Bellaire looks at budget

July 24, 2018

Bellaire City Manager Paul Hofmann presented the city council with next year’s proposed budget and forecasts for future years at their July 16 meeting.

He said the city should work to address projected revenue issues in fiscal years 2020 through 2023 by drawing more sales tax dollars through retail and commercial development and by possibly raising property taxes.

Hofmann said the 2018 budget was unique in that between the time it was presented in July 2017 and when it was adopted months later, 2,000 Bellaire homes were flooded by Hurricane Harvey, a storm that is still affecting the community nearly a year later.

“It changed the nature of what we did and how we did it for the next several months. In large fashion, it is still impacting what we do on a day-to-day basis,” he said.

He said fortunately, planning helped the city be prepared for the impact.

“Thankfully, good planning doesn’t mean predicting the future. Good planning prepares us for reality even though we can’t always anticipate the specifics of it,” Hofmann said.

Looking ahead to next year’s proposed budget, he said the city typically evaluates pay standards for its employees every three years and would not be due for that process. However, with the past year being highly stressful for many Bellaire city employees due to the hurricane, Hofmann said the fiscal year budget for 2019 has allotted for a 1.5 percent across-the-board salary adjustment plus a 3.5 annual step increase for eligible employees.

“This is not always an easy job. It’s not always an easy place for people to work. I will say it is a high-stress job,” he said.

Hofmann said the pay increases and rising costs of employee benefits make up more than half of the city’s increase in forecast expenditures. The other increases, he said, will come from improvements in public safety, information technology, development services, recreation and the library.

Hofmann projected in fiscal 2020, Bellaire will have $21.05 million in recurring revenues and $21.68 million in recurring expenses (a deficit of $630,000), a gap that would widen by fiscal year 2023 to $3.01 million. But Hofmann said the numbers are all based on certain assumptions.

“We continue the assumption of no new property tax revenues for the fiscal forecast period, and we do continue to show expenses going up, and that is primarily for salaries and benefits,” Hofmann said. “We continue to show an annual increase of salaries and benefits of 5 percent and very nominal increases in commodities and purchases and services and that sort of thing.”

But the issue lies in the amount of money the city takes in, Hofmann said, not what it spends.

“I think this is essentially a revenue problem. I know that is a hard message for me to say and perhaps for you to hear,” he said.

Bellaire Chief Financial Officer Terrence Beaman said cutting expenses would mean an impact on services the city’s residents depend on.

“In order to reduce expenditures, there would need to be service delivery reductions as well,” Beaman said. “For example, do we mow right of way property less frequently? Do we clean public restrooms less frequently? Do we clean public parks less frequently? These are things council will need to consider if the direction is to reduce expenditures.”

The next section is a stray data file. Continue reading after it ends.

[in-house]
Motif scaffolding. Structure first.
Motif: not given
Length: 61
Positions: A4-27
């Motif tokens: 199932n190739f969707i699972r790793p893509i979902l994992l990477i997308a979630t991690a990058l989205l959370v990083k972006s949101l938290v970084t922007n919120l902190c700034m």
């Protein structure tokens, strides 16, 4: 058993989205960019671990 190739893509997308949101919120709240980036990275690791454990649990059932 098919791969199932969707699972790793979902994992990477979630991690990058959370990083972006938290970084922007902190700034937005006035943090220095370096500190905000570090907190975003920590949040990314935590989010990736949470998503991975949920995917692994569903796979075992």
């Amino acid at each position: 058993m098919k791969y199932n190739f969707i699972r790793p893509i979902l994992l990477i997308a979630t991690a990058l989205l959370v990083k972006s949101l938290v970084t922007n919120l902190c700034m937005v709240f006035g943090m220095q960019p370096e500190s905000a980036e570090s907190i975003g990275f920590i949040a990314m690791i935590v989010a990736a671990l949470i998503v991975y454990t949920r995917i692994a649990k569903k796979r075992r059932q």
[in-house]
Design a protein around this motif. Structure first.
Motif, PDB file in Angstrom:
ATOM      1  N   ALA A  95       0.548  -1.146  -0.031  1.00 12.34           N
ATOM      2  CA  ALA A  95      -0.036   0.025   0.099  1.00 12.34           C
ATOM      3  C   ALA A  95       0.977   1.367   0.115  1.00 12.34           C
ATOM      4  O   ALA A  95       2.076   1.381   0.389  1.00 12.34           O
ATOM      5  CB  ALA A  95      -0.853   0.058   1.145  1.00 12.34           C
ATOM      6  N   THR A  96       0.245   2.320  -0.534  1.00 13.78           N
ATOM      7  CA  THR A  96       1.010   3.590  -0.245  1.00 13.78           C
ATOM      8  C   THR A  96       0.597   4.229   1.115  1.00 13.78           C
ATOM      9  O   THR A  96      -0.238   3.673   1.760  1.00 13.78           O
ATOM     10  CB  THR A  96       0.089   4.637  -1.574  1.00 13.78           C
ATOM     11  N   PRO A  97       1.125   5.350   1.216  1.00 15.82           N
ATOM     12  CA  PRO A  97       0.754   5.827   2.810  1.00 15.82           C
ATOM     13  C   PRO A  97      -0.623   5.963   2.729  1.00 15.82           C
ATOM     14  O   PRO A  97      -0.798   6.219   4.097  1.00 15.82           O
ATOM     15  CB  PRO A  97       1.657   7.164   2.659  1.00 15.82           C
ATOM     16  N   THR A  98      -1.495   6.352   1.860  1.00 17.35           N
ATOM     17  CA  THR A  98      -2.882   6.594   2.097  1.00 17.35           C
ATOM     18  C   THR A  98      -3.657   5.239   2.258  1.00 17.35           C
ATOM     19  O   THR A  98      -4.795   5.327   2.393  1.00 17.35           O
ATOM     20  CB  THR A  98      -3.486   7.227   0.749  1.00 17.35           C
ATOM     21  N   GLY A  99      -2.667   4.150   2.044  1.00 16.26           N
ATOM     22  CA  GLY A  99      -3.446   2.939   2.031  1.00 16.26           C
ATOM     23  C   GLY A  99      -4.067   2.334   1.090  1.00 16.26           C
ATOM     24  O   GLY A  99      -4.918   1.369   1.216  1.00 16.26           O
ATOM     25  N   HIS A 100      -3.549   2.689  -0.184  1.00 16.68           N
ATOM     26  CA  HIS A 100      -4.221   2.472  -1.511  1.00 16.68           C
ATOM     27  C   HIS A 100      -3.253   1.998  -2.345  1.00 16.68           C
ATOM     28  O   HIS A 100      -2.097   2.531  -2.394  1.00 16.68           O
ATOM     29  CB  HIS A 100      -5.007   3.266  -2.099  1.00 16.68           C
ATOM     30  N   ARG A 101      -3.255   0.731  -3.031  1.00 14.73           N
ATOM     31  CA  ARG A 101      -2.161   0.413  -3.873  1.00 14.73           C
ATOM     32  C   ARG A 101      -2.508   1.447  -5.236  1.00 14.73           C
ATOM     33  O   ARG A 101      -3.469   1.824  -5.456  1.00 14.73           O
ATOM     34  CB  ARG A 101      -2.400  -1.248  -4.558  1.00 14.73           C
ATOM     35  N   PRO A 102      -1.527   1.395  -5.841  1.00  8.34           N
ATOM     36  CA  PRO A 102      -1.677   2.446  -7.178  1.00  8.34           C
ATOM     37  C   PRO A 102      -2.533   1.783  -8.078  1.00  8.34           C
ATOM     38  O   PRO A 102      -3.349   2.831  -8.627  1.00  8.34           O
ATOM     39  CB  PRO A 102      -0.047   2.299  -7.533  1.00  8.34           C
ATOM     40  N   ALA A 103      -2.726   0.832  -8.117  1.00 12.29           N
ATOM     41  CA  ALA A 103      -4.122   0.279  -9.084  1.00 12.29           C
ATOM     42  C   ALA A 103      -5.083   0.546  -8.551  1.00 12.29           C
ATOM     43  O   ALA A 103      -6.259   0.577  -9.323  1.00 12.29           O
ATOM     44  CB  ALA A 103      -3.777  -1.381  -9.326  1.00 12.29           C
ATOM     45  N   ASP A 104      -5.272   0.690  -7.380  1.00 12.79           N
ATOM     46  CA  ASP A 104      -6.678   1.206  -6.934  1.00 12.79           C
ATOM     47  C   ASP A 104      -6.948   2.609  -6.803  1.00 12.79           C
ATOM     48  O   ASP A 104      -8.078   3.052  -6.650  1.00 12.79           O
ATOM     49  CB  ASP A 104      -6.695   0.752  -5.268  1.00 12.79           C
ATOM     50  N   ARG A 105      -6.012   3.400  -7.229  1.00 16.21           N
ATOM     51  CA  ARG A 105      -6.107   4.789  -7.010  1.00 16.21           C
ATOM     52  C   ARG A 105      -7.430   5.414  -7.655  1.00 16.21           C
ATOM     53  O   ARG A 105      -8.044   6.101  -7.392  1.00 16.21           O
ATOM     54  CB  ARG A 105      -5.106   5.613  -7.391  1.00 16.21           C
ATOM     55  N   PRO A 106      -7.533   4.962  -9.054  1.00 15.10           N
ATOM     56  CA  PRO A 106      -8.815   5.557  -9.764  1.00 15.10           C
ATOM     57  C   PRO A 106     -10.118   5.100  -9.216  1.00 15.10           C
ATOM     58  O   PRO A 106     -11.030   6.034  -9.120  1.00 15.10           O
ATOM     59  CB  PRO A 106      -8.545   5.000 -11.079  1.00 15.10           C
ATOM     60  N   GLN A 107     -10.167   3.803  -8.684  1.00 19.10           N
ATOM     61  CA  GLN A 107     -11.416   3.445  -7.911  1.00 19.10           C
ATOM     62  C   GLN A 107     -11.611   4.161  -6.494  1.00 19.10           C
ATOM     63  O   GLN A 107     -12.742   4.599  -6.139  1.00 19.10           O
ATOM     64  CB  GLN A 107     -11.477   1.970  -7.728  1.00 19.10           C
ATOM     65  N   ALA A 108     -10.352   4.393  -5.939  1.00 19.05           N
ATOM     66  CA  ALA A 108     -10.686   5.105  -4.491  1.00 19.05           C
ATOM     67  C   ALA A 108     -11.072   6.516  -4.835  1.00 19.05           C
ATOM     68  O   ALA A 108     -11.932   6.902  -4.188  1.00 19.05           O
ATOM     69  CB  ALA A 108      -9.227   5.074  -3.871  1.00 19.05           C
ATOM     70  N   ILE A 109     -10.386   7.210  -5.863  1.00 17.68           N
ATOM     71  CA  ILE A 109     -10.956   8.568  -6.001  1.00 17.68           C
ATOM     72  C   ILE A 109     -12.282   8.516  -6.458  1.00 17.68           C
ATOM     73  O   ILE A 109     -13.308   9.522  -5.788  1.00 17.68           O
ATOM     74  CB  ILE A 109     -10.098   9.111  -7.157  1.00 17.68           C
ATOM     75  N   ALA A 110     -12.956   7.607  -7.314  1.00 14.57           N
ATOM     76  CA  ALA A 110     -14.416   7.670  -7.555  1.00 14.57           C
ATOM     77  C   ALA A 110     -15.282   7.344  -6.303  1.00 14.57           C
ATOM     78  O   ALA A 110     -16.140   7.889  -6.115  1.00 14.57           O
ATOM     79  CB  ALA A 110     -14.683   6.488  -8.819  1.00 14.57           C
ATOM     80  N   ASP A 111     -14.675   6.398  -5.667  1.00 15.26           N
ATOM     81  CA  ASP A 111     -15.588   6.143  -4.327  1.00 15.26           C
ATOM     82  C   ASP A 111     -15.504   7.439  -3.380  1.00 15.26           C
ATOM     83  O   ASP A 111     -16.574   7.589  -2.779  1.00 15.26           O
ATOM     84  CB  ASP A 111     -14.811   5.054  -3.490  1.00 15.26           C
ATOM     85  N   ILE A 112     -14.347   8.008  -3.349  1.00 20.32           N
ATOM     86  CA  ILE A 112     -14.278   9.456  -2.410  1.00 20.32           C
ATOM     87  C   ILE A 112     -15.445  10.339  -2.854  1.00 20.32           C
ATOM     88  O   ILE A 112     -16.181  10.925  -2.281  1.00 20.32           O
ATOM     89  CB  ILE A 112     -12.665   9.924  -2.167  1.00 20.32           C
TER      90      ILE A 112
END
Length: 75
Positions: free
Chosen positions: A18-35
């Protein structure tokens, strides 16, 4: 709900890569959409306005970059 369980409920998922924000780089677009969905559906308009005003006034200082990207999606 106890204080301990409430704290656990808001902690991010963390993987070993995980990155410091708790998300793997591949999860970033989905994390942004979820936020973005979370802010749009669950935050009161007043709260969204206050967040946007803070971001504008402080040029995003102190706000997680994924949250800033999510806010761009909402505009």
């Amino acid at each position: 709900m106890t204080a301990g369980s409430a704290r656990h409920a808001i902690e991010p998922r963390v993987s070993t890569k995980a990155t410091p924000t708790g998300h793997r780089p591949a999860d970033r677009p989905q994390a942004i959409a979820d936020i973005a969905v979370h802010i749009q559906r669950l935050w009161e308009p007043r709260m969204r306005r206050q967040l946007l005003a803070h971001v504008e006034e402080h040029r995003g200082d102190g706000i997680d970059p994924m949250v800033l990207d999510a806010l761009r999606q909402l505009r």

The decision will come down to what priorities the Bellaire city council will want to pursue, he said.

Another issue Beaman and Hofmann cautioned about was the fund balance component of the budget. Beaman said Bellaire has a Comprehensive Financial Management Policy Statement, that requires it to keep a 60-day reserve (fund balance), basically 60 days of recurring operating expenditures in the bank. By fiscal year 2020, the required fund balance is projected to be $3.61 million, but the ending fund balance after expenditures is projected to be $2.31 million, leaving a $1.3 million deficit.

Bellaire is trying to address some of the revenue problems by growing retail and commercial development that will produce more sales tax, Beaman said.

“Although groceries are not taxable, with the H-E-B renovation and opening of a much larger store, sales tax should increase with the goal of attracting other retail and commercial development in the downtown and surrounding areas in the city of Bellaire,” he said.

Hofmann said while the O&M (operating and maintenance) tax rate for homeowners will hold steady for fiscal year 2019 at $0.2678, the debt service rate will go up by about a third of a penny, making the total tax rate $0.4196 per every $100 in assessed value. But he said that rate is still lower than the state average of $0.4660.

Beaman said the O&M rate is remaining the same to help residents, many of whom are still recovering from Harvey. He said in in future years, the city council may need to consider raising that rate in order to maintain its level of services.

Beaman said while there are some issues with the forecast budgets, they will be addressed proactively and that Bellaire is still in a great financial position.

“The city manager has never and will never present a budget to council that is not structurally balanced (recurring revenues exceed recurring expenditures),” he said. “In addition, the city of Bellaire is one of 34 municipalities out of over 1,200 in the state of Texas that have a AAA bond rating, and one of the main reasons the city receives such an honor is due to having structurally balanced budgets.”

A budget hearing for fiscal year 2019 is slated for Aug 13 and will be followed by two budget workshops Aug. 14 and Aug. 20. The city council will then vote to adopt the budget Sept. 17.


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